After its preceding year became the ninth warmest on record, 2013 looks set to be even warmer, according to the Met Office’s annual forecast of the year ahead.
The organisation’s best estimate places it 0.57°C warmer than the long-term average of 14°C – which would see 2013 shoot into the top 10 warmest years since 1850, overtaking 2012 in the process.
Figures show last year was 0.45°C higher than the average, but slightly lower than the Met Office’s most likely prediction of 0.48°C, made at this time in 2012.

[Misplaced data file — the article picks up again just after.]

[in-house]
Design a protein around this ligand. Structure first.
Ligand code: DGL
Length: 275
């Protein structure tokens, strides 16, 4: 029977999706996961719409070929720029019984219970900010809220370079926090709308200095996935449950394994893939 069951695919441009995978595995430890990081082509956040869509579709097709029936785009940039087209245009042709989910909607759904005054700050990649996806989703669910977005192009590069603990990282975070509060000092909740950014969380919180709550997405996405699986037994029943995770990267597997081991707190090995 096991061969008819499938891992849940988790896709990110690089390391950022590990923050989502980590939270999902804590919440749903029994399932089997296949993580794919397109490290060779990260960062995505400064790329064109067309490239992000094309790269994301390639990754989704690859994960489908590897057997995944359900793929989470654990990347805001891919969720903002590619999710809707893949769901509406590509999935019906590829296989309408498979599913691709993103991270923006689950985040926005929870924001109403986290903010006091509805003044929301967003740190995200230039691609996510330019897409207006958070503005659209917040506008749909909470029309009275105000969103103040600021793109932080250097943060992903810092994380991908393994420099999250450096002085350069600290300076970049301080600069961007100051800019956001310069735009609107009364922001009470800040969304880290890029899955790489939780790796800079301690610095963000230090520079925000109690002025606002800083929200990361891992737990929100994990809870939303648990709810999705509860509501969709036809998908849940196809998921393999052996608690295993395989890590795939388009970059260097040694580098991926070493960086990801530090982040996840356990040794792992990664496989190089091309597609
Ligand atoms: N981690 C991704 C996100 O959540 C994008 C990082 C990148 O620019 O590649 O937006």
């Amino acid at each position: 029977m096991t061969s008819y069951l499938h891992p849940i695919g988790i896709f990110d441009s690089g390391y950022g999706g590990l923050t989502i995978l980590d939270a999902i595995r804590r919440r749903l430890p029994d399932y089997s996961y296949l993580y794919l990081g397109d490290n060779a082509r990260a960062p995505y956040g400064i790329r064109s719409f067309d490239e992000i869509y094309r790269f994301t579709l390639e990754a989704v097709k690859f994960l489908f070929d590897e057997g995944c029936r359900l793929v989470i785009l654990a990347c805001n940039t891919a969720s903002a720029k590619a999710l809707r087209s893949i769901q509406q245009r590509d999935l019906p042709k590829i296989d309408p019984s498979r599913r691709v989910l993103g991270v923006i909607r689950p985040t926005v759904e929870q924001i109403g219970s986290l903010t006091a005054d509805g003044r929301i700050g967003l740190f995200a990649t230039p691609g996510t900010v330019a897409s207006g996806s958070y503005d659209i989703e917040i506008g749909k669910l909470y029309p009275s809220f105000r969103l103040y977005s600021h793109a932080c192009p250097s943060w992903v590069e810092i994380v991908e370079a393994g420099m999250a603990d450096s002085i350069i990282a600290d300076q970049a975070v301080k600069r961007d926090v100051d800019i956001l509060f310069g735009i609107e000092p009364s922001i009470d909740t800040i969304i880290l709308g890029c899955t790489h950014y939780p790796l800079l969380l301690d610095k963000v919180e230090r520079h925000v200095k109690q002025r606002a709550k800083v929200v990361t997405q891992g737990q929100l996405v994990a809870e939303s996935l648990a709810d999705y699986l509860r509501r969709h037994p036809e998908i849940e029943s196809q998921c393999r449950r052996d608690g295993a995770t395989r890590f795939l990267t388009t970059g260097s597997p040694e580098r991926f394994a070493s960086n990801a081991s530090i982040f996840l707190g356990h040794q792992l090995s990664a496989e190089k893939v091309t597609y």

For 2013, the Met Office predicts annual warming of between 0.43°C and 0.71°C, meaning even at in its most conservative scenario, the year would still make into the top 10 hottest.
Data released by the National Oceanic and Atmospheric Administration (NOAA) last year said that November 2012 was the 333rd consecutive month in which global temperatures were above the 20th century average, while a recent study by climate scientists at the International Institute of Applied Systems Analysis in Austria claims that immediate political action is what is needed in order to truly curb emissions.
The Met Office’s forecast for 2013 comes despite a prediction that parts of Britain will see sub-zero temperatures of -15°C from next week. Individuals are advised to keep up to date with the weather on the Met Office’s website.